The Death of Colonel Sol Williams
We have two contemporary accounts of the death of Colonel
Williams. The first is from Captain W. A. Graham, Captain of Company K,
written in April 1901.
"Colonel Sol. Williams was transferred from the Twelfth
Infantry to the Second Cavalry 5 June, 1862. His Adjutant, Lieutenant John C.
Pegram* came with him. Adjutant Nicholson became Lieutenant of Company A..."
"Colonel Williams gathered his horse to leap
the wall, shouting: 'Second Carolina follow me'. W. A. Graham called to him:
'Colonel, we had better get a line, they are too strong to take
this way'. He replied, 'That will best, where is the
as we turned, it was not fifty yards to our rear. He rode to meet
it, halted it and was shouting for the men to fall in, when he was
shot through the head, and died immediately, his body being
carried from the field by his adjutant, John C. Pegram.
Colonel Williams had been married two weeks before to
Miss Maggie, daughter of Captain Pegram, of the Confederate
Navy, and had returned to camp on Saturday. He is beloved
by his men; as brave and true a man as was in the army, yet
with a gentle affectionate disposition, almost equal to a woman's.
Indulgent to his men in camp almost to fault, yet, when duty called and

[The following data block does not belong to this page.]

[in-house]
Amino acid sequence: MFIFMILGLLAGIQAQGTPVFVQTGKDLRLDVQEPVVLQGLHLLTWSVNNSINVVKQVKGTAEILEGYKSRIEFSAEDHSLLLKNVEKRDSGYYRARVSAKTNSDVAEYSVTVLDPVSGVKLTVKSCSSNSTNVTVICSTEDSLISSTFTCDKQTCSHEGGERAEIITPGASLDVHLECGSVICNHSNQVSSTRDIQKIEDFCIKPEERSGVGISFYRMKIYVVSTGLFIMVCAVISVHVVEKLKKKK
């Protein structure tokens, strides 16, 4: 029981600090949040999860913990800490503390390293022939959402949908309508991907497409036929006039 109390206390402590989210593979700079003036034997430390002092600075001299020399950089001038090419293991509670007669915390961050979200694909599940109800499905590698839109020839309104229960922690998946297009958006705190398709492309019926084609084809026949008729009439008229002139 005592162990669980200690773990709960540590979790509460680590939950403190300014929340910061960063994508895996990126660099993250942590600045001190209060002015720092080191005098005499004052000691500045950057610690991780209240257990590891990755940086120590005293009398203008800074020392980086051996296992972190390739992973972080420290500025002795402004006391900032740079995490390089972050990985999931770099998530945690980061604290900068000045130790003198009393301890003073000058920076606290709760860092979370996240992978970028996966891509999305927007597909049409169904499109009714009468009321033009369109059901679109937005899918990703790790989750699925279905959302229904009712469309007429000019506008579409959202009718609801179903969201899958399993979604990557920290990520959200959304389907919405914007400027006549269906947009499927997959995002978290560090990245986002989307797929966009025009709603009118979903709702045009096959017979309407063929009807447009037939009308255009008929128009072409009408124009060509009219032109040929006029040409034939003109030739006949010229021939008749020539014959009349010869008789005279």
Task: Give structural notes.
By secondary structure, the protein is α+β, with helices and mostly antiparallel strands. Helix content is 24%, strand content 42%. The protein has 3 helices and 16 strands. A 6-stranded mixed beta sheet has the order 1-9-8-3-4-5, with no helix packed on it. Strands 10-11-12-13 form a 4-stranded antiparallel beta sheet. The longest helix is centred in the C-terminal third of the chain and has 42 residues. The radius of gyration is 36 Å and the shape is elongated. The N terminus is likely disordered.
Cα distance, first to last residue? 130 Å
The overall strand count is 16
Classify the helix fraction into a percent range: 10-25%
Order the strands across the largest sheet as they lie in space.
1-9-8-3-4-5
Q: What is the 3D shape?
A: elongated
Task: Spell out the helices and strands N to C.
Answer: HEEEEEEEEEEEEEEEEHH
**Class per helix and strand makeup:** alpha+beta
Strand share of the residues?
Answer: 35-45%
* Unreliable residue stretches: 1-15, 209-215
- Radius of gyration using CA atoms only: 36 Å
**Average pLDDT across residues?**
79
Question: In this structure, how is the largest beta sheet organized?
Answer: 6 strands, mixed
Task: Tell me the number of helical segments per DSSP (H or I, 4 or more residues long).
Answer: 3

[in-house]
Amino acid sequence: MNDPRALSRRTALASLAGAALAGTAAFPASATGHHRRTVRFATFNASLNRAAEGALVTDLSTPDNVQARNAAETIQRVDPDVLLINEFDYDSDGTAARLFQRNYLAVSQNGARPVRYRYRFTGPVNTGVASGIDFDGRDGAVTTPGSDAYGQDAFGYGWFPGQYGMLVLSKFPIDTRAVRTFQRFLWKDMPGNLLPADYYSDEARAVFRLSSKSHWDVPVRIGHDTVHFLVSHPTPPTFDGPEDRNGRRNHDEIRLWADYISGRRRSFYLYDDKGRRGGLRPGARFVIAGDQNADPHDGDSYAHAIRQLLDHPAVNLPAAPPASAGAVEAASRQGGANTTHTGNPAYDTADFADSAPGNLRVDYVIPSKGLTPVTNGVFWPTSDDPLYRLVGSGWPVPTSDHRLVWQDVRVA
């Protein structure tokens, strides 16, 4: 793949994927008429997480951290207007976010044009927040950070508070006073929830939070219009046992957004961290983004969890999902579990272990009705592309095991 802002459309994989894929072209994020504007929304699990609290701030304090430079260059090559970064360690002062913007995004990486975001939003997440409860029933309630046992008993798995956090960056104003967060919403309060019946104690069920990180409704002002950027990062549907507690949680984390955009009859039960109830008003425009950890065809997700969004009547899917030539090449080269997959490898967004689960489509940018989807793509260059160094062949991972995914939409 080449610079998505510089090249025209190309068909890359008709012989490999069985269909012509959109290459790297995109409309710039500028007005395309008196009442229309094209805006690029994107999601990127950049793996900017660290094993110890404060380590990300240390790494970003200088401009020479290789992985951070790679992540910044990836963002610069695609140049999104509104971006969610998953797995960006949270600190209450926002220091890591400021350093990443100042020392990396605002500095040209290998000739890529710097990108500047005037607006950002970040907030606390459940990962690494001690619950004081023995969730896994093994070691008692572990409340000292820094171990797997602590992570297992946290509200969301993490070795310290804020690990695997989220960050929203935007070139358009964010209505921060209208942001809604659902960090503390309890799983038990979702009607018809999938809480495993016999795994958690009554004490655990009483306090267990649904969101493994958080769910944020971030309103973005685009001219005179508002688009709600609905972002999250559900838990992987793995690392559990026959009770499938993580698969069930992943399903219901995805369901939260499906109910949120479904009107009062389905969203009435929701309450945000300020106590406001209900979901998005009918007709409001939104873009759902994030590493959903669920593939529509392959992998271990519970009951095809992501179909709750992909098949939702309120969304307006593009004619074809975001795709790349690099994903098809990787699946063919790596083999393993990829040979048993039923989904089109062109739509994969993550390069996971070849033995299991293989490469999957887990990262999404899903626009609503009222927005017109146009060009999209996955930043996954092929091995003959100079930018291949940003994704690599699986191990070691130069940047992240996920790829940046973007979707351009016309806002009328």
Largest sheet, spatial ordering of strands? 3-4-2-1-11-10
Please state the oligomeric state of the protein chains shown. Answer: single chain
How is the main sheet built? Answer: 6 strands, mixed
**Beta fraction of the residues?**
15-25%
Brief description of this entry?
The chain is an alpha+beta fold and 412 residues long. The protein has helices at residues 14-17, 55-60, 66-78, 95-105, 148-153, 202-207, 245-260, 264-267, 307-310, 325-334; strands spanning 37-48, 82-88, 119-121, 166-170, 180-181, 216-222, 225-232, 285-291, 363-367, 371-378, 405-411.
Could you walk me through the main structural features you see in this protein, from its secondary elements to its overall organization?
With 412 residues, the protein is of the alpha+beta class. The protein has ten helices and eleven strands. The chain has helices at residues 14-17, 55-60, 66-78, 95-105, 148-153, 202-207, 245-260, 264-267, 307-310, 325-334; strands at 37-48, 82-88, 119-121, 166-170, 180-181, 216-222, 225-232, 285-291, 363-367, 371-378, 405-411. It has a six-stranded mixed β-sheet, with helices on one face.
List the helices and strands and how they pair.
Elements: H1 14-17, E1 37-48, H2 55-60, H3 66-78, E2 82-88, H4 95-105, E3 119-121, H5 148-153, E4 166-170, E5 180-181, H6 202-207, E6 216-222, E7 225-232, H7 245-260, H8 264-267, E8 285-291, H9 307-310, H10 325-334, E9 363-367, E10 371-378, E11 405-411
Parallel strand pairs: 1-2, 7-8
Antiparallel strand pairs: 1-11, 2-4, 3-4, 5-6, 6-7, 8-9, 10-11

occasion required, he proved himself
a leader worthy of their admiration."
The second is from A Virginia Girl in the Civil War 1861-1865
published in 1903:
"In the afternoon we began to hear rumors giving names of the killed
and wounded... Among names of the killed I heard that of Colonel Sol
Williams. A day or two before the battle of Brandy he had returned from a
furlough to Petersburg, where he had gone to marry a lovely woman, a friend of
mine. The day before he was killed he had sat at table with me, chatting
pleasantly of mutual friends at home from whom he had brought messages,
brimful of happiness, and of the charming wife he had won! As the day waned I
sat in my room, wretched and miserable, thinking of my friend who was at once
a bride and a widow, and fearing for myself, whose husband even at that moment
might be falling under his death wound."
She continues with a narrative about dinner the same evening:
"Another sad thing among the sorrows of that supper was when Colonel
Sol Williams's brother-in-law, John [C.] Pegram*, came in, and sat down in our
midst. General Stuart went up to him, and wrung his hand in a silence that
even the dauntless Stuart's lips were too tremulous at once to break. When he
could speak he said: 'I grieve for myself
as for you, lieutenant, but it was a death that any one of us might be proud
Even then the shadow and
glory of his own death was not far from him.
Colonel Williams had been Lieutenant Pegram's superior officer as well as
brother-in-law. It had been his sorrowful lot to take the body of his colonel
on his horse in front of him, and carry it to a house where it could be
reverently cared for until he could send it home to bride and kindred. He had
cut a lock of hair from the dead, and when the troops went off to
Pennsylvania, he gave it to me for his sister. I shall never forget that
supper hour, or how the unhappy young fellow looked when he came in among us
after his ride with the dead.."
*Note: John C. Pegram, brother-in-law of
Colonel Sol. Williams, was killed in action, June 16, 1864, at Petersburg, Virginia.